The parched landscape of the Free State in South Africa is dotted with whirlwinds tossing up huge spirals of dust into the sky. In January of most years gone, this traditional farming heartland of the country would be experiencing tremendous thunderstorms with up to 90mm of rain falling in the first month of the year.
But South Africa is in the midst of the worst drought in recorded history, which has raised concerns by some commercial farmers that the country could see widespread social unrest, including Zimbabwe-style farm invasions.
The drought has hit maize production in South Africa, with the country being forced to import from South America over a million tonnes of maize to meet domestic demand, according to the grain producers association, GrainSA.
Small-scale farmers, who are mostly black, have been affected most by the lack of rain, with many of them being unable to plant any crops this year, and many of the farmers have been forced to kill or sell their livestock at below market value prices.
The government announced in November 2015 that it would put into place a R220m (£9.3m) bailout package to mitigate the impact of the drought on small-scale subsistence farmers, but ramifications of the dry conditions will be felt for years to come.
Meanwhile, the commercial farmers in the worst hit areas, which include the Free State and theNorth West region of South Africa, have failed to plant their crops because of the unseasonably dry weather, leading to a 30% drop in maize production.
Food prices in the country have consequently soared, with the price of white maize, a main staple food for most South Africans, more than doubling over the past 12 months on the South Africa Futures Exchange.
As food prices have increased, the South African economy has also stagnated, with the rand losing a fifth of its value since June 2015, while unemployment stubbornly remains at around 25%.
These conditions have created the ideal conditions for social unrest to increase during 2016,according to Louis Meintjes, the president of the Transvaal Agricultural Union. “When food prices have risen in the past, we have seen unrest shifting from the farming community to the township and the offices of local government.
“Local officials do not have the necessary training for this kind of situation and call in the police, and the police have even less training and they resort to strong-arm tactics Essentially the government is fighting its own population.”
The situation is so precarious that some commercial farmers have begun to voice concerns that the drought could precipitate land occupations similar to those seen in neighbouring Zimbabwe.
“We are concerned because there are politicians from both the ruling African National Congress(ANC) and the populist opposition party, the Economic Freedom Fighters (EFF), trying to attractsupport by calling on people to occupy land illegally,” Meintjes added.
He points to EFF-led land invasions in Cape Town in April 2015, where 500 people occupied state-owned land, and also the fact that members of the ANC Youth League (ANCYL) travelled to Zimbabwe to research that country’s land reform programme as examples of “toxic discourse” engulfing South Africa.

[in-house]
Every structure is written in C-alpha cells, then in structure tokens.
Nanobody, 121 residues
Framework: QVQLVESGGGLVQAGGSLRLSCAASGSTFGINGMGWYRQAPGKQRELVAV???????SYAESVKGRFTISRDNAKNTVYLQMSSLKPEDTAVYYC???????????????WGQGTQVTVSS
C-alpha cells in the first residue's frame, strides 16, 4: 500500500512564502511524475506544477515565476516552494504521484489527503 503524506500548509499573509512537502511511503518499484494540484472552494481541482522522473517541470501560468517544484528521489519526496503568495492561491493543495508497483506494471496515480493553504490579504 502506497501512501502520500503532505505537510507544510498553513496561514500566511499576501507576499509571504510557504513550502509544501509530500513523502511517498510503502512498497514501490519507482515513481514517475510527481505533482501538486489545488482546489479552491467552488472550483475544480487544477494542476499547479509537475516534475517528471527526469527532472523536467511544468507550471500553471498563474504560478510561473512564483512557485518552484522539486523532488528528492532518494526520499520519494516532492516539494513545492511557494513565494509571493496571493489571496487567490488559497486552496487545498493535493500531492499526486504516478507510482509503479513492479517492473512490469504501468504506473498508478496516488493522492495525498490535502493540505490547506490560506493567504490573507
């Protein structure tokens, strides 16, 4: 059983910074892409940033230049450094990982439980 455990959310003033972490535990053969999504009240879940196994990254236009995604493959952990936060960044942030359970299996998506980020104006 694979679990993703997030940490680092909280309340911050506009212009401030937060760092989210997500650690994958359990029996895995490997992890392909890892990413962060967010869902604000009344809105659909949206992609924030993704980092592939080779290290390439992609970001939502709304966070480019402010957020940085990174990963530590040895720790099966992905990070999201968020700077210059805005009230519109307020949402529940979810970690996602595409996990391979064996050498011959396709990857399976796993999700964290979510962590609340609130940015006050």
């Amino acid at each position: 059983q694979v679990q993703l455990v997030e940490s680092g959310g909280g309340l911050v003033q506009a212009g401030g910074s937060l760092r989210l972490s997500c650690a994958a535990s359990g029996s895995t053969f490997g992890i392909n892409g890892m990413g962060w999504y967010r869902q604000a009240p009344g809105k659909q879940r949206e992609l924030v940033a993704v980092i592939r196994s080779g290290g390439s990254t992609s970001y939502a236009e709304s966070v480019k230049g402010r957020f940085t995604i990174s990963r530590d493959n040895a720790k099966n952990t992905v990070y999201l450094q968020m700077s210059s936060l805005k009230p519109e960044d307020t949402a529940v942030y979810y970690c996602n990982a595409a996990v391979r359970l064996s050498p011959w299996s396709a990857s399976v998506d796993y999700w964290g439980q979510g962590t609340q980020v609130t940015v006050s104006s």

As South Africans prepare to vote in municipal elections in May and August 2016, the weakeconomy and food insecurity caused by the drought will ensure that the issue of land reform willfeature heavily during the elections.
The land question
The circumstances surrounding land ownership in South Africa, where white farmers own most of the commercial farms and most arable land, are similar to the conditions that existed in Zimbabwe prior to the country’s controversial land reform programme in 2000.
The “fast track” land redistribution campaign in Zimbabwe witnessed so-called ‘war veterans’ and government supporters forcibly confiscating white farms without compensation. Around 4,000 white-owned farms have been occupied during the land grabs in Zimbabwe, which began 15 years ago.
In South Africa, a land reform programme has been in place since the end of apartheid in 1994, but many of the programme’s critics are frustrated at the slow pace of the change, with around 80% of the farmland in the country being owned by 10% of the population, according to government data.
While the EFF has stopped short of calling for the violent removal of white farmers from the land, they are demanding an acceleration of land redistribution. The EFF, which is known for its members wearing red overalls and berets, is led by the firebrand politician Julius Malema who is keen to make land reform a key election issue to increase supporter base.
Meanwhile, the drought is expected to slow down the process of land reform by years, if notdecades, according to Simon Allison, an analyst for Institute for Security Studies. “The drought, together with rising food prices and growing unemployment predicted by the finance minister, could well spark a period of widespread political unrest,” he says.
Rainfall too late
While the rains have begun to fall in parts of the affected regions, they have come too late forfarmers in the North West of South Africa, with only around half of the maize capacity beingrealised, according to GrainSA CEO Jannie de Villiers.
“Some farmers are taking a chance by planting their crops late, but we can’t rely on these cropsyielding because they will not be ready before autumn [in May]when temperatures begin to fall.However, if we receive sufficient rain at the beginning of summer in the southern hemisphere, then maize production for next year should return to the levels that we traditionally expect,” said de Villiers.
While there may be some optimism that farmers in South Africa could experience an improvement of fortunes in 2017, the prospect of civil unrest remains a real possibility in the near-term.